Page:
The share of female CEOs in Europe has doubled over the past seven years—to 4%

Isabelle Kocher, who became CEO of French multinational electricity firm Engie this year.
Isabelle Kocher, who became CEO of French multinational electricity firm Engie this year.
Image: Reuters/Benoit Tessier
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It’s progress—of sorts.

According to research from S&P Global Market Intelligence (pdf), the number of female CEOs at the 350 largest public companies in Europe has doubled over the last seven years. Doubled, that is, from 2% to 4%.

As of Aug. 18, women now hold the top roles at fourteen of the 350 firms in S&P’s Euro 350 index—up from six in 2009. That is, S&P writes, one new female CEO every year over the past eight years.

In the US, the growth rate of female leaders is only fractionally higher—27 firms in the S&P 500 are now run by women, up from 18 in 2009. That’s just a 5.4% share of female CEOs across large publicly traded companies in the US.

S&P looked at 10 industry sectors in their analysis, and found that four—healthcare, materials, energy and information technology—did not have any female CEOs in Europe. The telecoms industry stood out as something of a difference between the US and European indices: in the S&P Euro 350, there are now three female CEOs in the industry—up from a paltry zero in 2009. In the S&P 500, there are no female CEOs in the sector.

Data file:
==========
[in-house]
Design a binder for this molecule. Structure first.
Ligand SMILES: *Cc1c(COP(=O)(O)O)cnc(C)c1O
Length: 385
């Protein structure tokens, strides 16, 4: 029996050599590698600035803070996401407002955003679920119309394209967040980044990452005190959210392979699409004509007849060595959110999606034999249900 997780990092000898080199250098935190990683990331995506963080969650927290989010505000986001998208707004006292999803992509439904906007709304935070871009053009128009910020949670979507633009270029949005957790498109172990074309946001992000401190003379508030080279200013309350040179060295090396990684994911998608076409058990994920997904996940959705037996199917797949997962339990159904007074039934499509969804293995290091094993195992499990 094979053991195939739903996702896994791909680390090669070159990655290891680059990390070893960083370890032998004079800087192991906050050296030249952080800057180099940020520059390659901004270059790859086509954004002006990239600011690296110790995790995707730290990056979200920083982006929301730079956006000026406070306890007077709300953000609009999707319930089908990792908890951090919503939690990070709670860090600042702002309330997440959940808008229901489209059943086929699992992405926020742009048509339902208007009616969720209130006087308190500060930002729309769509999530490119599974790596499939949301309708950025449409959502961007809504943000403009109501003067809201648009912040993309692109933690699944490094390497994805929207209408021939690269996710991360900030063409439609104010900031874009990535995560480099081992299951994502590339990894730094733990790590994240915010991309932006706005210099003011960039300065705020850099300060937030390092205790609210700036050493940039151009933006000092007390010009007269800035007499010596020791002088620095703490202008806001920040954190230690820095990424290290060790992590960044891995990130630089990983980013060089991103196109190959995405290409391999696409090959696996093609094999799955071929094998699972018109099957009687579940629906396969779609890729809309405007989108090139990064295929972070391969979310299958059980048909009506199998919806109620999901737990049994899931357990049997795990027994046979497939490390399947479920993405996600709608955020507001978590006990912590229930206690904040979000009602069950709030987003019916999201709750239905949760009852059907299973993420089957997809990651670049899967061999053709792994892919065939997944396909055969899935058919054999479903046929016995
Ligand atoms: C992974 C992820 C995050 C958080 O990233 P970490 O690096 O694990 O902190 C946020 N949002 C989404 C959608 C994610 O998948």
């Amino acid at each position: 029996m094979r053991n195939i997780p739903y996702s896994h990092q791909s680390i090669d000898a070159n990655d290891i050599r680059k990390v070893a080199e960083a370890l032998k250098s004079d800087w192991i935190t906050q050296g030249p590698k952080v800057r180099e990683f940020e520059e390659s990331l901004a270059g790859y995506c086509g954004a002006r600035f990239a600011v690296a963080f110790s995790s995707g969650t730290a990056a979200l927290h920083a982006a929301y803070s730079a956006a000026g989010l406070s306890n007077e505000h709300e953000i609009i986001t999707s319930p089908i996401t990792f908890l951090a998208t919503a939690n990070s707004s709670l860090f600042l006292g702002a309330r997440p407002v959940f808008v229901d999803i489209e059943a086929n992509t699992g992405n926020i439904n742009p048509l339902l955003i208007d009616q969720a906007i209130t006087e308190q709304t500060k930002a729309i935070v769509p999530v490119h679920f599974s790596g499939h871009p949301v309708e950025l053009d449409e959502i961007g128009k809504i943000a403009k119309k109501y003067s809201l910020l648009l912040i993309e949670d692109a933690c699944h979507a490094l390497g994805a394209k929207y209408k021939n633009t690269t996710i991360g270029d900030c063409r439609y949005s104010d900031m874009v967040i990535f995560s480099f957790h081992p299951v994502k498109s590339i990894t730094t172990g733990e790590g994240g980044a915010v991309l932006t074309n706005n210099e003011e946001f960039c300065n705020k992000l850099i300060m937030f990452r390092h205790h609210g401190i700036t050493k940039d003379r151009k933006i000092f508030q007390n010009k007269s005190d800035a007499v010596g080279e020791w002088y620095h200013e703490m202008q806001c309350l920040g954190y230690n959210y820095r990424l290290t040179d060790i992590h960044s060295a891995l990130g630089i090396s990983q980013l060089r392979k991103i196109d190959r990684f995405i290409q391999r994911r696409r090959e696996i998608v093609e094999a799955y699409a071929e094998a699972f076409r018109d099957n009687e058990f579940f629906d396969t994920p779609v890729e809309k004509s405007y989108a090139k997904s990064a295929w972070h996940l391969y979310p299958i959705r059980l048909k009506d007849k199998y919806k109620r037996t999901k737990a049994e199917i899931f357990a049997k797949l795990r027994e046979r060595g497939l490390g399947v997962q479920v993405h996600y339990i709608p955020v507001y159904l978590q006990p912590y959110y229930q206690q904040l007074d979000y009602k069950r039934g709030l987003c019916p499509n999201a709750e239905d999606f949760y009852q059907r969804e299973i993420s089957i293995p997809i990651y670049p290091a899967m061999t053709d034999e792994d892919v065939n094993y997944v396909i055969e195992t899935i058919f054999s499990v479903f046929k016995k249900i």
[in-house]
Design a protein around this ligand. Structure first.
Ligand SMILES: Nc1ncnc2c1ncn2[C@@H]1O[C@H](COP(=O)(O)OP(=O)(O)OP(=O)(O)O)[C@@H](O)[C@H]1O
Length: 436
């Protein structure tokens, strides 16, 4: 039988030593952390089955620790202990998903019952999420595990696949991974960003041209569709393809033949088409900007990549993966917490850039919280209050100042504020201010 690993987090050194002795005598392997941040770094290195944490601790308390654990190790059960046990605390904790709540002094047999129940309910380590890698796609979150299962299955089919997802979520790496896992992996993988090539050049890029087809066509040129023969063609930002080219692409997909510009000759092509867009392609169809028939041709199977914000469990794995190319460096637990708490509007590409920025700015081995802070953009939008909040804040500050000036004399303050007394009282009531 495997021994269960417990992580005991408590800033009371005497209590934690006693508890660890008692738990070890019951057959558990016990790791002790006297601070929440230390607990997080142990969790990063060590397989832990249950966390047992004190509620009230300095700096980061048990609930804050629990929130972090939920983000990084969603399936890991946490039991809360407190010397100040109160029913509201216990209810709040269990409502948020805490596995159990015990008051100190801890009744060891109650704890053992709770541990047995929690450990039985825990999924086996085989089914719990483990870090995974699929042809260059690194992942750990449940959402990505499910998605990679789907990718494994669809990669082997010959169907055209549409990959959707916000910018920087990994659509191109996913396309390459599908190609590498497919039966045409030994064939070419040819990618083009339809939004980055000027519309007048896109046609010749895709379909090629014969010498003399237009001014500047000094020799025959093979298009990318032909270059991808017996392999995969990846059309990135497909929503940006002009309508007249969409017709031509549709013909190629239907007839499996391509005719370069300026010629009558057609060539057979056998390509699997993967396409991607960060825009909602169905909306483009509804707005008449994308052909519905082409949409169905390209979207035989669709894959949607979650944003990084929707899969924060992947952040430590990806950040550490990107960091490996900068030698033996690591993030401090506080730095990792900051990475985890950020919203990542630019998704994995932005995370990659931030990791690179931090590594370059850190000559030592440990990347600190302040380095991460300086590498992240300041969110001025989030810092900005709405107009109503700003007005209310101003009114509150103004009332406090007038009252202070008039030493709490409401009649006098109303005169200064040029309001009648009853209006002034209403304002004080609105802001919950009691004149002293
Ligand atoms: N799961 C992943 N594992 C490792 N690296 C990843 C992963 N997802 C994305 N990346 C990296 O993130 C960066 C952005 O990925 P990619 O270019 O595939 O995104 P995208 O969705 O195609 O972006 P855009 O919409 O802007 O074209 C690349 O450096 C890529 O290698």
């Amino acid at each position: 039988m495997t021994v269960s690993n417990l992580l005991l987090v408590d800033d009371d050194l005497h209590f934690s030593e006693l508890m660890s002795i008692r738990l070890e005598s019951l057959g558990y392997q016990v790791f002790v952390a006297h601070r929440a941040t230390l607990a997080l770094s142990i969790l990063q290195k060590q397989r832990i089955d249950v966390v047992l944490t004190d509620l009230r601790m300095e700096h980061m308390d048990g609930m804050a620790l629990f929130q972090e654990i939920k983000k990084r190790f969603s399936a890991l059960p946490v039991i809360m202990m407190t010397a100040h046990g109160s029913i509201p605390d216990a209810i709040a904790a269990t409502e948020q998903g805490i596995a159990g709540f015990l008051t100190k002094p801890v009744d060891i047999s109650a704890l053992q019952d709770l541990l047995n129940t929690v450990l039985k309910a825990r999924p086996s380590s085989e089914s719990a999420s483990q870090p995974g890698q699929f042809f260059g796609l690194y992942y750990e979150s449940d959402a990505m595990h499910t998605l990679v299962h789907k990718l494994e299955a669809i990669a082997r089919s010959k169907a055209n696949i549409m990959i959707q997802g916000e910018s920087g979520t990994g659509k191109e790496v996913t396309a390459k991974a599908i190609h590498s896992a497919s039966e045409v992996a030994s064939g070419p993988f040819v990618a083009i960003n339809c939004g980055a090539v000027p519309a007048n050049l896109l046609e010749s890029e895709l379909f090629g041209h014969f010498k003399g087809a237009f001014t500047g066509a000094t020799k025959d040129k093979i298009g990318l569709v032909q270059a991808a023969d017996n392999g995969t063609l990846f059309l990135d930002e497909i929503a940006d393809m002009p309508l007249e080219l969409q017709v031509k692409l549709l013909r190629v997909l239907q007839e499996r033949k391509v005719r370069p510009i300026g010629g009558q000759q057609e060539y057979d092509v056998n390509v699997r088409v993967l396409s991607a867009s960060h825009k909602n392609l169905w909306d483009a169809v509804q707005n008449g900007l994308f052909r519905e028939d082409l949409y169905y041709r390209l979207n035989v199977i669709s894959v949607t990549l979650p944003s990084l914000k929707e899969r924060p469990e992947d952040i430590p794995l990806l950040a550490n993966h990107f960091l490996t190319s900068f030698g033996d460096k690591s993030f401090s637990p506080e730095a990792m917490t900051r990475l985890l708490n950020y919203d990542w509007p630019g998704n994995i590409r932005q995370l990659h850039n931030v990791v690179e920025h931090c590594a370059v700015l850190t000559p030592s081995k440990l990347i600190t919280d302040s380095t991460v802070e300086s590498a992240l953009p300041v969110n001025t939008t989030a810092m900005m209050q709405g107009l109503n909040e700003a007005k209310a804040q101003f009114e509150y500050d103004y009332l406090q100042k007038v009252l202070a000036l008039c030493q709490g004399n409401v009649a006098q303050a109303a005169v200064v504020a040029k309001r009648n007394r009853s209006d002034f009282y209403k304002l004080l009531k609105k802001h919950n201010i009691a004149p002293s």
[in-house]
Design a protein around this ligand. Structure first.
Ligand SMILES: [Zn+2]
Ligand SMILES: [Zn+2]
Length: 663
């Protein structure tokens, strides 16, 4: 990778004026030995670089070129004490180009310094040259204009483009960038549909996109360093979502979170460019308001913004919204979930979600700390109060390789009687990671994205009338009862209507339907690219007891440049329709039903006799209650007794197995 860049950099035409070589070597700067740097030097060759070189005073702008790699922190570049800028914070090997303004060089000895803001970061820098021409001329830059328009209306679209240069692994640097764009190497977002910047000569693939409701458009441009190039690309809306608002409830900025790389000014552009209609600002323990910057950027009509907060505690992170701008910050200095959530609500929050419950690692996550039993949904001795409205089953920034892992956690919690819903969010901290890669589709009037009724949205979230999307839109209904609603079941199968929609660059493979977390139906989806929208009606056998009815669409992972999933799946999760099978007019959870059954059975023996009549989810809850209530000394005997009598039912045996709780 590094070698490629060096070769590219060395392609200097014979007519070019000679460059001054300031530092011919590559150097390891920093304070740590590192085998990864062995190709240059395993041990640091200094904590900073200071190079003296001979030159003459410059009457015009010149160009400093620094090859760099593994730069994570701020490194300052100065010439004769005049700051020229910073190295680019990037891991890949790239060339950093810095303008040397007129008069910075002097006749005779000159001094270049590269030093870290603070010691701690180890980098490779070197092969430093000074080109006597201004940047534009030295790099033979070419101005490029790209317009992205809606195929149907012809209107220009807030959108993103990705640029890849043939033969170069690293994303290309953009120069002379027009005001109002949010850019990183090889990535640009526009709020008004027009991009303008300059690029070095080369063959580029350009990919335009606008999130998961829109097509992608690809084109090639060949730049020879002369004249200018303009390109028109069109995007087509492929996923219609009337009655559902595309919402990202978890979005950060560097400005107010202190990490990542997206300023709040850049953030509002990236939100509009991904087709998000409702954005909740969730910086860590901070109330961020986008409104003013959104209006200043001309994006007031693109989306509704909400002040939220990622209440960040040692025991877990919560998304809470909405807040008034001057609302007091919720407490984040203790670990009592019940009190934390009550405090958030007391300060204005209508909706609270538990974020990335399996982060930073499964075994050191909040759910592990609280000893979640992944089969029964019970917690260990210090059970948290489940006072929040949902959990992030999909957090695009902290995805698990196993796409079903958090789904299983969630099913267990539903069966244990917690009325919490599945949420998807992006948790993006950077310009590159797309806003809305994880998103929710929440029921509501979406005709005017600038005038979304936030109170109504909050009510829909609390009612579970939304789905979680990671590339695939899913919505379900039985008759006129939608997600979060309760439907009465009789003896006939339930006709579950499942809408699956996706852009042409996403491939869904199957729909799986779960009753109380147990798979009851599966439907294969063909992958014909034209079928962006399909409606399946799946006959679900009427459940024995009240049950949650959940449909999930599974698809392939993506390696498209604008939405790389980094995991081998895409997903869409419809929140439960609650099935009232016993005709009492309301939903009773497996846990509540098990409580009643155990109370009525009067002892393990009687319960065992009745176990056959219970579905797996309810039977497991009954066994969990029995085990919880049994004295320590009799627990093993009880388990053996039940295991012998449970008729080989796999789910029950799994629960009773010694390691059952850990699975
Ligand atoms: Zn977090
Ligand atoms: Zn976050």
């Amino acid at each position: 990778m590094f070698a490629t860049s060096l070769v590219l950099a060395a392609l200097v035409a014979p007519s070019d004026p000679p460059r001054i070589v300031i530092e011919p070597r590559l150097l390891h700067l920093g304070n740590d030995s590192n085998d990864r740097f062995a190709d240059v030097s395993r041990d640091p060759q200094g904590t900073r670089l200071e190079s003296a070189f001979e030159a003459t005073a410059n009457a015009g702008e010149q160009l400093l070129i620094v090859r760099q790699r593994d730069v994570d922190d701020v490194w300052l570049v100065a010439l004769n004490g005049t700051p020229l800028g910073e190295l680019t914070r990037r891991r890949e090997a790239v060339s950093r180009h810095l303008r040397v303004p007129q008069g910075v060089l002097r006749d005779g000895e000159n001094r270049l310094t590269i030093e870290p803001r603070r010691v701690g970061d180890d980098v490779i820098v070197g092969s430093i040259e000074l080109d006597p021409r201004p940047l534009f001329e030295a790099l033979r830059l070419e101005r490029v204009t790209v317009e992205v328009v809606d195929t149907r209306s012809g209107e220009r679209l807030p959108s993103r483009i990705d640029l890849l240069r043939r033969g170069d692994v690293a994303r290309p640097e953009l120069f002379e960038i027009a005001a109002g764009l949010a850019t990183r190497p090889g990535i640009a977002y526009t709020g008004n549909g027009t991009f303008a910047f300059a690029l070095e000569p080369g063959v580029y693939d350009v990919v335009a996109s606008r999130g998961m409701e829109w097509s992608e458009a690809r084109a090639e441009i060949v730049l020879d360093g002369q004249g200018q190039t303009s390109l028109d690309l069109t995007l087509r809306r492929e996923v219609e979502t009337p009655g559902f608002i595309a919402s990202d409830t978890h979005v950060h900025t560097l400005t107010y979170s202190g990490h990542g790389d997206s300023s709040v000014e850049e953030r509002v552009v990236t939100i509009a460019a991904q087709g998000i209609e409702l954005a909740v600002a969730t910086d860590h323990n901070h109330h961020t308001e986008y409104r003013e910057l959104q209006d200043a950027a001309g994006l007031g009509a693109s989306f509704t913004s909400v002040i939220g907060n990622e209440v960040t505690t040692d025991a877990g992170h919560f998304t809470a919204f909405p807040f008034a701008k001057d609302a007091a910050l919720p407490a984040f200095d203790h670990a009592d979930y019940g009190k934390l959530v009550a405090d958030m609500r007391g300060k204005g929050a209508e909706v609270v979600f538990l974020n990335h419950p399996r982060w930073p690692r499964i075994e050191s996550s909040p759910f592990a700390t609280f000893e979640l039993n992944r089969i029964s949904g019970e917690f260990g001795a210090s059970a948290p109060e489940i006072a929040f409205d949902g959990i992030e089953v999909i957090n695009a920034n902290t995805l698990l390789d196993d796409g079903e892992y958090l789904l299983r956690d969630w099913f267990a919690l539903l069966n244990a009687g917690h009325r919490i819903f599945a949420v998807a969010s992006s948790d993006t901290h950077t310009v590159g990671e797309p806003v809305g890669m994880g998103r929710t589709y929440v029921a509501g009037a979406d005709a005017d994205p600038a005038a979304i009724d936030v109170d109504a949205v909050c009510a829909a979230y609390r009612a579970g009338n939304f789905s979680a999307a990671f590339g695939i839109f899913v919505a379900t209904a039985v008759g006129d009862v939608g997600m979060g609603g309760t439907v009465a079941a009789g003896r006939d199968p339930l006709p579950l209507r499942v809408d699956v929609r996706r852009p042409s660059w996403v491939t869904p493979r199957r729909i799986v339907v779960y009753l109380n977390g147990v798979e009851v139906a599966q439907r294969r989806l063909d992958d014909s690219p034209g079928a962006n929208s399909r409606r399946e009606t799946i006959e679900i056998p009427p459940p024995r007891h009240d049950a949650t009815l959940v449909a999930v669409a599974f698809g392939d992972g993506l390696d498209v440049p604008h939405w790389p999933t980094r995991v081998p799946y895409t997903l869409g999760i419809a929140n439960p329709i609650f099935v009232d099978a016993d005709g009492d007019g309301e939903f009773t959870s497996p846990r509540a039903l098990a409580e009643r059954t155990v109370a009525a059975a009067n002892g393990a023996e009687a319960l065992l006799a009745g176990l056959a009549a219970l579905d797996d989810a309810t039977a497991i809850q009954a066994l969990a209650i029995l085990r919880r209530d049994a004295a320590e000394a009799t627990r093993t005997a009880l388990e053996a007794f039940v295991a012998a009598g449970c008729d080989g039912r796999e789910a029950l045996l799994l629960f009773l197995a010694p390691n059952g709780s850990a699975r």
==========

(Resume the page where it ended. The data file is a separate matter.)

These numbers appear to reflect rather dismal global trends. We have already reported that the share of new CEO positions that were filled by women fell to 3% in 2015, down from  5% in 2014.

In the US, recent research (paywall) by campaign group Catalyst found that less than a fifth of board seats in the largest public companies in the US were held by women last year. EU data suggests that the number of female board members at over 700 large public companies now stands at 23% in Europe, presumably due to the quotas that exist in Norway, Iceland, Spain, France, and most recently, Germany.

Progress in female leadership is slow despite evidence suggesting that having more women in top roles, in fact, boosts a firm’s bottom line. Research released earlier this year by the Peterson Institute for International Economics and EY looked at over 20,000 companies in 91 countries, and found that having at least 30% of women in leadership roles added 6% to net-profit margins.